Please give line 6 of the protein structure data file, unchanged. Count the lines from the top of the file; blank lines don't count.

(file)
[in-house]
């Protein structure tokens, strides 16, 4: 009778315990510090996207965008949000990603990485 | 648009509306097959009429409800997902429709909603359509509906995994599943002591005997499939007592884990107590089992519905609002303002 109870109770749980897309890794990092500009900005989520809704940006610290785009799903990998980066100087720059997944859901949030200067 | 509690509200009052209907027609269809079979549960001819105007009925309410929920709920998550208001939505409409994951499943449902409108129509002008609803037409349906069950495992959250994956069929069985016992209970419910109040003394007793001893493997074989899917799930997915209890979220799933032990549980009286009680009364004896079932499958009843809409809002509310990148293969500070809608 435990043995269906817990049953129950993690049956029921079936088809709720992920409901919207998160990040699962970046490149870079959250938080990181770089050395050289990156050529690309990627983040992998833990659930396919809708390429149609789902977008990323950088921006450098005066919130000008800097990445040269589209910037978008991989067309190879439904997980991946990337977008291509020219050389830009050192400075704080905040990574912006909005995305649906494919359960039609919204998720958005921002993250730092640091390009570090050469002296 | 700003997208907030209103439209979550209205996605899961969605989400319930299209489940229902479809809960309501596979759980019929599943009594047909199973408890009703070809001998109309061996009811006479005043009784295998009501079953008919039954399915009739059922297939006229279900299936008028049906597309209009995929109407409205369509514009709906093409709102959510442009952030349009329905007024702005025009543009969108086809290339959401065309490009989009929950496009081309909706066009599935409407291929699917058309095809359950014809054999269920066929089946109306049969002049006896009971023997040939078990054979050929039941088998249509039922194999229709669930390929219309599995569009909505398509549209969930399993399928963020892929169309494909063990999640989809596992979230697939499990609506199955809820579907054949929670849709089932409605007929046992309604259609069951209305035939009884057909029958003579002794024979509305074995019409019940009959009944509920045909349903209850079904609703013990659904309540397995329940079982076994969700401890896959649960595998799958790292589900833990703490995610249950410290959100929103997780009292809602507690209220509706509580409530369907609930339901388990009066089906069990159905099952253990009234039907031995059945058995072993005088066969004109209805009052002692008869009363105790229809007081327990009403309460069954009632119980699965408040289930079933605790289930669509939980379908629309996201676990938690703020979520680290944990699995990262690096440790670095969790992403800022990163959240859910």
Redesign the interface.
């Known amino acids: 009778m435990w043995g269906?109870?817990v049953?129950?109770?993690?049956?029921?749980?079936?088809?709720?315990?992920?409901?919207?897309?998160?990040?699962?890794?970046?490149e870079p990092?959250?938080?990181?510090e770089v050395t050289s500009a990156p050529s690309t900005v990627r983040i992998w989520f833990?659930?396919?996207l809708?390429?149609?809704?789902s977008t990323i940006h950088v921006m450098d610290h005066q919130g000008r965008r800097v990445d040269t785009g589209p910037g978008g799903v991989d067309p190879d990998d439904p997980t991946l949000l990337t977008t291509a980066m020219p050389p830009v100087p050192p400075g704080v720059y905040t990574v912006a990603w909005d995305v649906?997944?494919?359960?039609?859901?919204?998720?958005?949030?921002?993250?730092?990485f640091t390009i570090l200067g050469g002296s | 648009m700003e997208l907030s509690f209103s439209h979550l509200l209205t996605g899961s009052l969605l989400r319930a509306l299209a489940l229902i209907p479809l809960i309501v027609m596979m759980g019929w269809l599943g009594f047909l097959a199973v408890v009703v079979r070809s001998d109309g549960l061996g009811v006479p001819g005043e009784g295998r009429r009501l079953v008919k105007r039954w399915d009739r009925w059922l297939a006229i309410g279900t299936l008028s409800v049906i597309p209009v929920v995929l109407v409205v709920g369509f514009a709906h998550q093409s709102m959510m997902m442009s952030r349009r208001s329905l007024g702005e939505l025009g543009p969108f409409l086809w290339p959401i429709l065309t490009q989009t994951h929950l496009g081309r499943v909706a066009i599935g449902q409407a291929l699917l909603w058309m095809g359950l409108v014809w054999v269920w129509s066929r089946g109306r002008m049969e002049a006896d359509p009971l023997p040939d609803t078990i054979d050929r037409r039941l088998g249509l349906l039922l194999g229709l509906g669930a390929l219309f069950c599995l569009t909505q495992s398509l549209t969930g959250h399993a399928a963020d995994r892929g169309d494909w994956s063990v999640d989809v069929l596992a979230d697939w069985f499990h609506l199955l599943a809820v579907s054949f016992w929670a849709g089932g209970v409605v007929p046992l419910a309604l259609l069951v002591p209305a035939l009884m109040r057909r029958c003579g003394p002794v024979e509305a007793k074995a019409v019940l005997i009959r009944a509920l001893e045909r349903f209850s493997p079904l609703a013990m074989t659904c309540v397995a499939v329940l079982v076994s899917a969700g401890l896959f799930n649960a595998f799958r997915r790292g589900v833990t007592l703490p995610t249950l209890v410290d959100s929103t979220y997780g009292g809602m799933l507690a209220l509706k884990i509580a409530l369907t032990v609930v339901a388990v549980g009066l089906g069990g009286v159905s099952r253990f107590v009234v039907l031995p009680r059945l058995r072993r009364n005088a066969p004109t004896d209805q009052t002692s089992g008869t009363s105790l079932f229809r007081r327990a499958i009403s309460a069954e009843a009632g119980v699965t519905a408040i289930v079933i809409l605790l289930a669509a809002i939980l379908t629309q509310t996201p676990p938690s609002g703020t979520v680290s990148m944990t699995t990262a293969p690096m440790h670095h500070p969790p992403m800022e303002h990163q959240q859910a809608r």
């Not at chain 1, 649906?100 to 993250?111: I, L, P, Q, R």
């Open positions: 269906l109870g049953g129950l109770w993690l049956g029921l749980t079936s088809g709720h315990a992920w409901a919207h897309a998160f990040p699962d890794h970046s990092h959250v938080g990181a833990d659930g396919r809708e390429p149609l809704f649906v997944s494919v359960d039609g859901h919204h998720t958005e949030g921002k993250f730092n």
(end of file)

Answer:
């Open positions: 269906l109870g049953g129950l109770w993690l049956g029921l749980t079936s088809g709720h315990a992920w409901a919207h897309a998160f990040p699962d890794h970046s990092h959250v938080g990181a833990d659930g396919r809708e390429p149609l809704f649906v997944s494919v359960d039609g859901h919204h998720t958005e949030g921002k993250f730092n």